The final installment of my Grand Slam Reflections. The Getting There. The Permit. The Bonefish.
We had been at the point of the caye for a while when Katchu looked at his watch and said “If we want to get your Grand Slam, we better go now.”
It was then I realized that this might actually happen. It had been running through the back of my mind since I got the permit. I had two of three in the books, so it was conceivable at the very least, but it still sounded a tad ridiculous. We got back in the boat and headed off in search of tarpon.
Five minutes after getting back in the boat we found ourselves weaving along an ancient mangrove lined canal carved by the Mayans thousands of years ago. To our left was Mexico, to our right was Belize. Bait and boils were everywhere… this was clearly a very fishy place. There is something amazingly cool about going through mangrove lined channels in a boat in pursuit of fish.
We reached a small, enclosed lagoon and Katchu killed the engine and poled us into position. I got up on deck needing only a tarpon to complete the Grand Slam. We were going after ‘baby tarpon” which was a good thing since I had royally botched my first ever adult tarpon grab the day before. I was 0/1 for tarpon in my life.
Shane spotted a tarpon heading into the mangroves. There was no cast to make. We waited. Out of the mangroves and 40 feet from the boat emerged five “baby” tarpon. These fish were 30-60 pounds. I suddenly felt very unprepared.
I made the cast and gave some strips to the black cockroach. One of the tarpon attacked it. It just swam up to it and opened its gaping mouth and inhaled the fly. When you haven’t done this a lot a tarpon eat can make you instantly stupid. I set, still in disbelief and a bit awestruck. It felt a little more believable when I then raised the rod tip and the fly parted ways with the tarpon. I was now 0/2.
Despite just botching the job, the fish were still there and it looked like they wanted to eat. I cast again. I stripped again. The damn fish charged the fly and ate it hard. I set (at least twice), I kept the rod down. This fly wasn’t coming out. The fish, however, decided to split and charged into the mangroves. The fish was out of sight, but I was still attached to it. As I stood there, a little dumbfounded, the tarpon shot back out into the lagoon ten feet from where it had disappeared. It jumped about 5 feet in the air, still attached to the fly line which was now hopelessly wrapped around the mangroves. When the fish jumped I got a really good view of how big it really was and I’d put it at about 40 pounds of pure silver fury. The tarpon splashed down and zipped right back into the mangroves to complete a nice wrap around several mangrove limbs and, predictably, the tugging stopped. I was off the fish and had to break off the fly. I was now 0/3 on tarpon.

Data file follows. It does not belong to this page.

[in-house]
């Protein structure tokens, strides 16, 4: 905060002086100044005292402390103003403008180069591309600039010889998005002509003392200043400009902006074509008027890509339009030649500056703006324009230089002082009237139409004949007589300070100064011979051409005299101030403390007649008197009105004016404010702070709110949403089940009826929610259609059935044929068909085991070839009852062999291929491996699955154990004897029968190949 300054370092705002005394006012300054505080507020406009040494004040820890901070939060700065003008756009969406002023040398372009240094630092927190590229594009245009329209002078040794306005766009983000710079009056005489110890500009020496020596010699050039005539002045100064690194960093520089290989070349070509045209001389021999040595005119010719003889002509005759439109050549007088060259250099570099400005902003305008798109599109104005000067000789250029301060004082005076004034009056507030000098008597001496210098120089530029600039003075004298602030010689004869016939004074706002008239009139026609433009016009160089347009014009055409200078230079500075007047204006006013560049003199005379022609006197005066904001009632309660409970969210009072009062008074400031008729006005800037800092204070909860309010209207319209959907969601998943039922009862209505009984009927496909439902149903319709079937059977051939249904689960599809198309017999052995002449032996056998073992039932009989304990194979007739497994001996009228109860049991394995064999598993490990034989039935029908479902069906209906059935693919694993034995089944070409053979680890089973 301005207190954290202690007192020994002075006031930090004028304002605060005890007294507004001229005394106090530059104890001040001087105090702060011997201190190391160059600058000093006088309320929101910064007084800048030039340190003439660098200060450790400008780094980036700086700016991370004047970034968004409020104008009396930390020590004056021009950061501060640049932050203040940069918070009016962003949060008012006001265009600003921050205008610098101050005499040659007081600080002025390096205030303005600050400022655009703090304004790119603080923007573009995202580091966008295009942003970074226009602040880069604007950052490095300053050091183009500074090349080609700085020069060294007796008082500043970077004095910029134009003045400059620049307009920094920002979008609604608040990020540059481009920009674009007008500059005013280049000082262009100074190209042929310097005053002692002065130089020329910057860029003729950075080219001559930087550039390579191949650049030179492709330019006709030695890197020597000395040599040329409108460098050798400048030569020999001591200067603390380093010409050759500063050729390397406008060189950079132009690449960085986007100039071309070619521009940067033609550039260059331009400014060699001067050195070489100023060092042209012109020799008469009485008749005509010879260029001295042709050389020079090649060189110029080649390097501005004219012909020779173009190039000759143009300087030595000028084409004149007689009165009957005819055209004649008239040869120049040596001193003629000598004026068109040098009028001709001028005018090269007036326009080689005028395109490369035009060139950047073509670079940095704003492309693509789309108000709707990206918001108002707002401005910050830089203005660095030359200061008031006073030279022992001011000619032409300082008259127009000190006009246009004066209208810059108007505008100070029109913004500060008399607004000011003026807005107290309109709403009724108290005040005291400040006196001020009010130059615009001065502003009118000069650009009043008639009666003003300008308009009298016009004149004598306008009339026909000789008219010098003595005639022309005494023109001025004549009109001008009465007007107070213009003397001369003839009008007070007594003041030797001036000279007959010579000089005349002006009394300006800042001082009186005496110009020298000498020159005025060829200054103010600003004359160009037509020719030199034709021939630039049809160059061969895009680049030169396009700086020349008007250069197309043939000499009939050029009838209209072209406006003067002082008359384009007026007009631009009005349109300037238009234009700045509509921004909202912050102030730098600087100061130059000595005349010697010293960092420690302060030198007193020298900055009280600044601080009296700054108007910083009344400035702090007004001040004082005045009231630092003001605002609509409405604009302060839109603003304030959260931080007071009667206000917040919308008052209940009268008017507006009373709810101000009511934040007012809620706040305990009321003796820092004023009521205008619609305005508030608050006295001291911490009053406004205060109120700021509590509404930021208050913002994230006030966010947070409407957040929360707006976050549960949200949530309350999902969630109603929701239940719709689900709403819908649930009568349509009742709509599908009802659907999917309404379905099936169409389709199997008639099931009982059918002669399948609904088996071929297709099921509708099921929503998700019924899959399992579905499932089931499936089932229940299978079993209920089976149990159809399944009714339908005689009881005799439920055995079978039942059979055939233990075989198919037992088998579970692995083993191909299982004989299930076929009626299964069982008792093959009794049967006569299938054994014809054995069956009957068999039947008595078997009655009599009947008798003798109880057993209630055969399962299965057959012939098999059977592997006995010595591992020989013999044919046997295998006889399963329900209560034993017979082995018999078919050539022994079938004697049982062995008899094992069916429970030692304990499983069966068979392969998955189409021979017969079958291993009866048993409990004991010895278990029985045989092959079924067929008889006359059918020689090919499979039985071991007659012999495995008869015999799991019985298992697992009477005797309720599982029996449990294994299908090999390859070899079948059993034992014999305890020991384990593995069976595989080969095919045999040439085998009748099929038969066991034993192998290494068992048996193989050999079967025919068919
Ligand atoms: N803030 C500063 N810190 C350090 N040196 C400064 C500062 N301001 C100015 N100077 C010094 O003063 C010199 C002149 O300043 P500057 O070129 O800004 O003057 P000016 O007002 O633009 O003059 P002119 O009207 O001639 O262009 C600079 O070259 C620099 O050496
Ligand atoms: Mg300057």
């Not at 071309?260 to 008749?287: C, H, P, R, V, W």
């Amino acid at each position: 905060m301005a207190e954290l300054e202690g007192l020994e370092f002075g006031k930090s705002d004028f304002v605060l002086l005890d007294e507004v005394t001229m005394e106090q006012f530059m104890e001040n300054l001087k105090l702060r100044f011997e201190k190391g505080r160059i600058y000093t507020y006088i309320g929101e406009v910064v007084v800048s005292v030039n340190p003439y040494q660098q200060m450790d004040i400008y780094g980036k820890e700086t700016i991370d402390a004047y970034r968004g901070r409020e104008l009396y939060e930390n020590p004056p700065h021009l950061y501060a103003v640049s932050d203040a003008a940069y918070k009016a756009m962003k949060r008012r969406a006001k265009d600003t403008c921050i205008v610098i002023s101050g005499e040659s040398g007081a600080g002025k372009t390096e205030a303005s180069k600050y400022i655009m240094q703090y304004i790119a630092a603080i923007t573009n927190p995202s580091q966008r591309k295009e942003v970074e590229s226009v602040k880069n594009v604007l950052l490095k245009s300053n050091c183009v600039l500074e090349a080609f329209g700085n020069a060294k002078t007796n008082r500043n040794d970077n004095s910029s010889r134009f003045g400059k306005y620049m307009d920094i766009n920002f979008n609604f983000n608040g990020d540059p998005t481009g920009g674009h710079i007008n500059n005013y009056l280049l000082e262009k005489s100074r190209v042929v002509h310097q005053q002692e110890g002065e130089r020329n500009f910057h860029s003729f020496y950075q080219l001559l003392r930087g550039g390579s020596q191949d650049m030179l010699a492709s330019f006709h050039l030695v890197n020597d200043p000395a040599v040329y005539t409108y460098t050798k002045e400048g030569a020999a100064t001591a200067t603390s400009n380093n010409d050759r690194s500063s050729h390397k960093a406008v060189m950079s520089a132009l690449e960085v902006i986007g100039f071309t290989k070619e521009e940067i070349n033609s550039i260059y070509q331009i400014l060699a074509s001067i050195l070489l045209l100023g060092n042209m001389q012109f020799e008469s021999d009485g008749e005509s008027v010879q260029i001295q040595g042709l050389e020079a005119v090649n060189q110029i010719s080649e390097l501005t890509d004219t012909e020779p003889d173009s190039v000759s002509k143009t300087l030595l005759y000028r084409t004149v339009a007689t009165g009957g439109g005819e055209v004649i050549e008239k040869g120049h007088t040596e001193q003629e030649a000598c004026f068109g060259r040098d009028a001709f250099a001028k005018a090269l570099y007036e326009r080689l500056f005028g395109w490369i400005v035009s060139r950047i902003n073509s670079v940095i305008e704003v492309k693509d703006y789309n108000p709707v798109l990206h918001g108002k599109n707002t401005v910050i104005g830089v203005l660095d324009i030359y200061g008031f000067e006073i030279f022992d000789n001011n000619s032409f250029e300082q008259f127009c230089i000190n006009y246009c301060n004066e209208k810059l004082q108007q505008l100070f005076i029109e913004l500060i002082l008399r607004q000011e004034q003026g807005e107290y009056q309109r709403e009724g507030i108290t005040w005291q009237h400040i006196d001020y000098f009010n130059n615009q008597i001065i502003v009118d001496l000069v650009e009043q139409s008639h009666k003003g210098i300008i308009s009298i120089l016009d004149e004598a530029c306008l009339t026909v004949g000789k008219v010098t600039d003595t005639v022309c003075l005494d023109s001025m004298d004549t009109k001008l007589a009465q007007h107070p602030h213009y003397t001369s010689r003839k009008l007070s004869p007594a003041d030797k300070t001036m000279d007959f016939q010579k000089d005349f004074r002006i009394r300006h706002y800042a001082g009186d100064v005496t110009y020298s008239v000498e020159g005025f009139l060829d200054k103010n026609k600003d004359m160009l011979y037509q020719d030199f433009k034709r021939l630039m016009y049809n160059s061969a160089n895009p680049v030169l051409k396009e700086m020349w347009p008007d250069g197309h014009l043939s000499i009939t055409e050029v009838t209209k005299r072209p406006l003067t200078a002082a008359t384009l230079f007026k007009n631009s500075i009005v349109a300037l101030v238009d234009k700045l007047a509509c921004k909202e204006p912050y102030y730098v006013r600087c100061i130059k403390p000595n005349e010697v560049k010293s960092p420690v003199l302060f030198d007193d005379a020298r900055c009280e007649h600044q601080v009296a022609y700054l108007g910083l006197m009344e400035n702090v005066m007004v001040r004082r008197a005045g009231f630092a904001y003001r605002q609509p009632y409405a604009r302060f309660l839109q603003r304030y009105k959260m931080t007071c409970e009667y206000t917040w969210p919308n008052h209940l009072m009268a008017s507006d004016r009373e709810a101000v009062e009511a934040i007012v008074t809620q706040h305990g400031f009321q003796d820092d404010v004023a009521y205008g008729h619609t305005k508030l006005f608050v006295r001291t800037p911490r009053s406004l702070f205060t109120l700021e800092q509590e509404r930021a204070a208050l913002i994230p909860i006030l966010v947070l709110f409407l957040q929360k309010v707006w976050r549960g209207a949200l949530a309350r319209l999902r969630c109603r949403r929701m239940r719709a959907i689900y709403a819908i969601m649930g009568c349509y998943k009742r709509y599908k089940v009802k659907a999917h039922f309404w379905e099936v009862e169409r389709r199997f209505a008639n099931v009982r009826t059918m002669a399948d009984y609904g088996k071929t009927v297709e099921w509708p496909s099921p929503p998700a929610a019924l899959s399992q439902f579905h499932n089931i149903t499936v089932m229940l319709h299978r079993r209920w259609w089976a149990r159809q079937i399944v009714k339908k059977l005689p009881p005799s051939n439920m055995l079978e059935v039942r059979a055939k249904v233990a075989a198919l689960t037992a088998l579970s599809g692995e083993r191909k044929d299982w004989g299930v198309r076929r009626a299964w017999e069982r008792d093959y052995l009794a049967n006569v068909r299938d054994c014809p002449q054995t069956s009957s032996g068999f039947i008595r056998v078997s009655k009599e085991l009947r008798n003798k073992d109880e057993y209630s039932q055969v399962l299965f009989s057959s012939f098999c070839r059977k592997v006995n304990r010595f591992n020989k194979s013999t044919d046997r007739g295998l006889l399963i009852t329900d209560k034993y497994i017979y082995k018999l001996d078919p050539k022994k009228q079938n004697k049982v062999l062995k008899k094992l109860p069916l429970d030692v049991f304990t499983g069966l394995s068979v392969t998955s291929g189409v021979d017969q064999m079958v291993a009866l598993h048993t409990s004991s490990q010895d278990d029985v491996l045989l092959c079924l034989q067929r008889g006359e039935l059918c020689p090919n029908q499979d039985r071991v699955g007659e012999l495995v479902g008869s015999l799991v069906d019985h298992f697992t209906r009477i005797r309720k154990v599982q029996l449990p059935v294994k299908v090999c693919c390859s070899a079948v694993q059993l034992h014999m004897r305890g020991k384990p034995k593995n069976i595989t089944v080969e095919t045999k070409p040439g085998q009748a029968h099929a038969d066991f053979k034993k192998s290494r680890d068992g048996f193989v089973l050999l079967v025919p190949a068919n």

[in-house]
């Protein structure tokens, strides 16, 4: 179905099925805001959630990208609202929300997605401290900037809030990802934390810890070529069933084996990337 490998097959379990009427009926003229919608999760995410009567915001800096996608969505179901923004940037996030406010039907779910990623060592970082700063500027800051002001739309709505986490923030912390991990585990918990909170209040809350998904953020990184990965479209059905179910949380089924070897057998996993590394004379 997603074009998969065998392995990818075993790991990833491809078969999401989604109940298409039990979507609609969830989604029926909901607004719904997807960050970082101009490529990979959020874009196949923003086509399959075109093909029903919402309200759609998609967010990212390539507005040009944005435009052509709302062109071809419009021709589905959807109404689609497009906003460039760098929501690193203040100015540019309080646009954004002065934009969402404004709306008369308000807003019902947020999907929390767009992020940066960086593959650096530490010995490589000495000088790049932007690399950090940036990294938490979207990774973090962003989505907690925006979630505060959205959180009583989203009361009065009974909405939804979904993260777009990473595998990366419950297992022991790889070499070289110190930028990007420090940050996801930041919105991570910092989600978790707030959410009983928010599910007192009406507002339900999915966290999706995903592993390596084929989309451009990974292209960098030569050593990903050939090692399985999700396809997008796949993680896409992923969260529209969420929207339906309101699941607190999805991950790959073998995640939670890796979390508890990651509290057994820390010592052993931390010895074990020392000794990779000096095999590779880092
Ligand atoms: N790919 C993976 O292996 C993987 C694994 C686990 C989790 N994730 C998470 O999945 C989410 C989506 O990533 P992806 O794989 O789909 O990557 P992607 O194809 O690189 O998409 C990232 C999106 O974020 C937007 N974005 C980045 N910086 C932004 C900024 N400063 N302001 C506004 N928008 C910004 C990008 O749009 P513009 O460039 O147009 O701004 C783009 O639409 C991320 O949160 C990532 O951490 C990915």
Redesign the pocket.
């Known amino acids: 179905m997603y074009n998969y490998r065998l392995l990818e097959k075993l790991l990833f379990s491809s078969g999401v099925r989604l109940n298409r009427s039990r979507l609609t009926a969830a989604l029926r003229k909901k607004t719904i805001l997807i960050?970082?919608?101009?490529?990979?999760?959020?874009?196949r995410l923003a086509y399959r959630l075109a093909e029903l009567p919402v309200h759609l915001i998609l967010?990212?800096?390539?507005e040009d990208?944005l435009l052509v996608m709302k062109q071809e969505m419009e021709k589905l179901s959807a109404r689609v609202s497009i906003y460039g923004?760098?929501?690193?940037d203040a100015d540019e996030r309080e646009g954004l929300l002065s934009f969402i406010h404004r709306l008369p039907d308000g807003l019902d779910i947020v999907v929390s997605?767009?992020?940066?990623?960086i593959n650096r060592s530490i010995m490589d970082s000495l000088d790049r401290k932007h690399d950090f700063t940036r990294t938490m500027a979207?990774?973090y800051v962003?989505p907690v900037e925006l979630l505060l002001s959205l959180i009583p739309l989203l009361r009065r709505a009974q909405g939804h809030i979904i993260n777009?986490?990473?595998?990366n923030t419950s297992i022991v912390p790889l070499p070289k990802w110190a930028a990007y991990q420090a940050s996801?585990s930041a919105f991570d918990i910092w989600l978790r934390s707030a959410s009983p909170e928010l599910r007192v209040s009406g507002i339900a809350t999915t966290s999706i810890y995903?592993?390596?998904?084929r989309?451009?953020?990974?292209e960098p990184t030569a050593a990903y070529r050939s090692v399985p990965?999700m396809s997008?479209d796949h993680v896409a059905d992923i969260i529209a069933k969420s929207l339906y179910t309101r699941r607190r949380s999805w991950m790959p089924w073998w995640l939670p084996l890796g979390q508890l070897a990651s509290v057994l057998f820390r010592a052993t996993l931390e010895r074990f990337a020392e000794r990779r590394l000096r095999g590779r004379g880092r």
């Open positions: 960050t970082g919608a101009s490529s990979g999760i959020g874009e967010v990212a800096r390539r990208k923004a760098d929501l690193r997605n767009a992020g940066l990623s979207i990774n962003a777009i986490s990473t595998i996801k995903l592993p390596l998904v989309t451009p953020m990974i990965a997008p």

While I was re-rigging Shane got on deck. These baby tarpon were in a very playful mood and it wasn’t long before Shane had fish to cast to. He made the cast and the fish smashed it. This baby tarpon was around forty pounds and, just like the permit earlier in the day, the tarpon spit the hook. If it were another day, Shane would have stayed on the deck, but this had turned from a normal day to a possible Grand Slam Day. I was going to be up again.
My hands still trembling, I continued to re-rig as we entered a narrow, nearly fully enclosed mangrove chute. This was a one shot stop as the chute dead-ended just 50 feet in front of us. Katchu knew these waters very well and as we entered the small clearing we found a single tarpon milling about. With mangroves behind and to the right of me I had to cast off shoulder, but somehow I made the cast. I stripped the fly. The fish saw it. He charged. I kept stripping. He ate as I had just finished a long strip and I had no way to move the fly but to sweep the rod tip. I was now 0/4 as the fly came out of the fishes mouth.
I stood there shell-shocked, having just missed the third tarpon that would have given me a Grand Slam. The fish, however, was still interested. While I had pulled the fly away from the fish, the fly was still in the water and near the fish. I stripped. He ate. I set. I set again. I set again. I didn’t raise the rod tip. I didn’t let the fish run into the mangroves. I held the line hard with my stripping hand and the 15 pound class tippet held to the 60 pound shock tippet. The fish jumped. Now… I’m 6’3” and was probably at least 2 feet above the water on the casting deck. The fish jumped over my head, an image that will forever be seared into my memory. Somehow, deep in my brain, a couple of cells fired and I reactivity bowed to the king. The fish stayed on.
Quickly the fish was in. I had just completed an Inshore Grand Slam by landing my first tarpon ever on the heals of landing my first ever permit.
For a job well done.
A special thanks to El Pescador for hosting Shane and I for three days of fantastic fishing and story making. You guys have a first class operation there.
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